W.A.S.P. - The Neon God Part I - The Rise
Sanctuary, Metal Is
Heavy Metal Rock Opera
14 songs (52:00)
Release year: 2004
W.A.S.P., Sanctuary, Metal Is
Reviewed by Jeff
Major event

Is this a review of W.A.S.P.'s "The Neon God Part I - The Rise" or "The Crimson Idol Part II"? After reading this review, do a search in our data base for W.A.S.P.'s - "The Crimson Idol" and you'll see what I'm getting at.

Blackie Lawless is a master at re-inventing himself. He takes the formula used on "The Crimson Idol" album and re-hashes the same old riffs, melodies, vocal styles, etc. re-arranging everything to create "new songs". The only thing that is different is the story and lyrical content, though the subject matter once again revolves around a boy. It only makes sense that Blackie went back to something that was his finest and most mature effort as a musician both musically and lyrically. His approach to "The Neon God Part I - The Rise" is very similar to the one AC DC has used throughout their career..

Regardless, Lawless has released another strong effort. He has once again taken The Who's "Tommy" route. Like "The Crimson Idol", "The Neon God Part I - The Rise" is also a conceptual rock opera. It explores the tragedies and consequences of one boy's search for acceptance and purpose in his existence. The boy, an abused orphan, discovers he has the ability to read and manipulate people. By using these gifts, he is able to create a loyal following of people who are devoted to him and pledge their allegiance to him to the point that the boy is on the verge of becoming the dark Messiah for the 21st century. (Did someone say, Damien?). The boy is faced with questions such as "where does one fit into the great cosmic enigma?", "how does love fit into the equation?", and "should I use my talents for good or evil?".

Lawless once again has Frankie Banalli on drums, Mike Duda on bass and Darrel Roberts on lead guitar. The presence of the hammond organ and keyboards, acoustic and clean electric guitars, buzz saw guitar riffs, insane drumming, screaming, wailing, banshee vocal throttles, etc. are all there.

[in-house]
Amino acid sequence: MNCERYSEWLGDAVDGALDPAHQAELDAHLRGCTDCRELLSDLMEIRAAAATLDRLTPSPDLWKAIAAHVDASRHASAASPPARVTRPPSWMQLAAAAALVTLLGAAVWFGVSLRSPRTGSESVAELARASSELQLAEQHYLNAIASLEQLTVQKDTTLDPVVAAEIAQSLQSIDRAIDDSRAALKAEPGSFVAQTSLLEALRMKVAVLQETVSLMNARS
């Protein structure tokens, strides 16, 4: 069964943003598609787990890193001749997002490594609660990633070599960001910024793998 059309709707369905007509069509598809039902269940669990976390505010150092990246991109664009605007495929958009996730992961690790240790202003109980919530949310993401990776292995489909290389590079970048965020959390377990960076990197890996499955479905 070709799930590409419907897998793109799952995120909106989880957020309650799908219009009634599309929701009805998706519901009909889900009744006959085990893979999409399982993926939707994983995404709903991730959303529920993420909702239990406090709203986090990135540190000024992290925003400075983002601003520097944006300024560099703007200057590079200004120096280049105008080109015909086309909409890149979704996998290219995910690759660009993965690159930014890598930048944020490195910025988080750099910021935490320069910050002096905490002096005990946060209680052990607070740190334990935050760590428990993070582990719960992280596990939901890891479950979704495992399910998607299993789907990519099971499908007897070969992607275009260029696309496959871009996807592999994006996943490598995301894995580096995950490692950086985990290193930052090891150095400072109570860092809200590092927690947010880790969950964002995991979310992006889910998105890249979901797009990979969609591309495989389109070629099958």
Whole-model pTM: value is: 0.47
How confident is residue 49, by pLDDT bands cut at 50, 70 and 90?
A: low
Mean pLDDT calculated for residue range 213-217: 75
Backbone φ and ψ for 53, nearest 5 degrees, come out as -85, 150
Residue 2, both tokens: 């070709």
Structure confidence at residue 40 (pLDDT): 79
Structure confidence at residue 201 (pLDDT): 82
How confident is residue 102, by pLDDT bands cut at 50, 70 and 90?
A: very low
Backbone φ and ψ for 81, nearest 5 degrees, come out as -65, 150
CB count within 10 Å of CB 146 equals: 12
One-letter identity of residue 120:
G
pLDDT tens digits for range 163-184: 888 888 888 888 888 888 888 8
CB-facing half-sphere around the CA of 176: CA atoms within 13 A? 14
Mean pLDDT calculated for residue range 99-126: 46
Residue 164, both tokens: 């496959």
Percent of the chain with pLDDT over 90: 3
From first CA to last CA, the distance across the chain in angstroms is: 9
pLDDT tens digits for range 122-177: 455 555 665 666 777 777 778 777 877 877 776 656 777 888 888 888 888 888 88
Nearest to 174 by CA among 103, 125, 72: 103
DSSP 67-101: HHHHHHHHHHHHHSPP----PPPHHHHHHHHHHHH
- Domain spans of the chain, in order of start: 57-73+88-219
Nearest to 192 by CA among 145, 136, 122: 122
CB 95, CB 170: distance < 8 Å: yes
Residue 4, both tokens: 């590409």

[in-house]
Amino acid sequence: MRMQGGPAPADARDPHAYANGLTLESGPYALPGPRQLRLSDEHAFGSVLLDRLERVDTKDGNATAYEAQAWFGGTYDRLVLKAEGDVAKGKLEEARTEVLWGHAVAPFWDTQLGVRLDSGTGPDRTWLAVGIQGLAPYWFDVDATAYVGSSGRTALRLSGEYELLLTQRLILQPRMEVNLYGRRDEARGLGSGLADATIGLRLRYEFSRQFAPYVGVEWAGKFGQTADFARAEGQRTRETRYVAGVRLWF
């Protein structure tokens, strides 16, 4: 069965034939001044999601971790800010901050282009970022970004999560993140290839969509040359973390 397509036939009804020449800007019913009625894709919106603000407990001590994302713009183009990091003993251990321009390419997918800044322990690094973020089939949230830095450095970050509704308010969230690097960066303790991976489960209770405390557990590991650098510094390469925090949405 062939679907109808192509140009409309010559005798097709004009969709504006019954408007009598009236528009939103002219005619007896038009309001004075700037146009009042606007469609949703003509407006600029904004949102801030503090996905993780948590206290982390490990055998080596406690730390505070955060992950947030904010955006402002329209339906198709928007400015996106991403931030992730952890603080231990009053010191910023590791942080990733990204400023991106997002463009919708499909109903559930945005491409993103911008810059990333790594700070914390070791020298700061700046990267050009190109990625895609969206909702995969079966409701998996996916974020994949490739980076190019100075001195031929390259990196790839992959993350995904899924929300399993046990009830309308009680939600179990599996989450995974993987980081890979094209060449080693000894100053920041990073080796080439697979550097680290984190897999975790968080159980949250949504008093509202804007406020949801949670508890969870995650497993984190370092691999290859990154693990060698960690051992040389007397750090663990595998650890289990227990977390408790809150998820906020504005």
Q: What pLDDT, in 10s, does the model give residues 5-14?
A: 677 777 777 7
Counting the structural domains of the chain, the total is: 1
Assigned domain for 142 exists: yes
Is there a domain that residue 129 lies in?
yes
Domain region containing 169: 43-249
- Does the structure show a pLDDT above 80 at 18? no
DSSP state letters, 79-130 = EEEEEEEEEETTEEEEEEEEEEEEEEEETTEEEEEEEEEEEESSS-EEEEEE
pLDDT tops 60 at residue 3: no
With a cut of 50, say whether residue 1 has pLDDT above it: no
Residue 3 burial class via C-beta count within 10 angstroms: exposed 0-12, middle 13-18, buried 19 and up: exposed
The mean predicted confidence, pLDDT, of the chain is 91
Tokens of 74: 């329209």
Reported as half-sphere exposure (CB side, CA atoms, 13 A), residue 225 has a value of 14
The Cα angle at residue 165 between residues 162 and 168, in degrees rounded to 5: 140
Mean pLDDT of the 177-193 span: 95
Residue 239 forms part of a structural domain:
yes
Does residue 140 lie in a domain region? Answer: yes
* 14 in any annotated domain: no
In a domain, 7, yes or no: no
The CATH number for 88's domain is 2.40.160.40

The first song, "Overture" pretty much gives the listener an overview of parts from different songs throughout the album, setting a theme that will be reprised a few times within some of the songs. "Wishing Well" can almost be mistaken for "The Invisible Boy" from "Crimson Idol". "The Red Room of the Rising Sun" has a psychedelic feel to it and sounds as if Blackie listened to a few Beatles albums before coming coming up with this one. A mix of something between "If I Needed Someone" and "Tomorrow Never Knows".

"The Neon God Part II" is due out this summer and will bring the story to it's conclusion. Maybe Blackie should rename it "The Crimson God" or "The Neon Idol". My guess is that it won't sound much different from this one. I'm not sure why he decided to release two full length albums so close together. Maybe it would have been easier to release as a double album at a special price. Oh well, fans of "Headless Children", "The Crimson Idol" and "Still Not Black Enough" will like this album despite the repetitiveness. I even find myself liking it more and more with each listen.

 

Killing Songs :
Overture, Wishing Well, Sister Sadie and the Black Habits, Asylum #9, The Red Room of the Rising Sun, The Running Man
Jeff quoted 86 / 100
Marty quoted 85 / 100
Other albums by W.A.S.P. that we have reviewed:
W.A.S.P. - Babylon reviewed by Marty and quoted 85 / 100
W.A.S.P. - Dominator reviewed by Jeff and quoted 75 / 100
W.A.S.P. - Still Not Black Enough reviewed by Chris and quoted 94 / 100
W.A.S.P. - The Neon God Part II - The Demise reviewed by Jeff and quoted 72 / 100
W.A.S.P. - Dying For The World reviewed by Jeff and quoted 93 / 100
To see all 9 reviews click here
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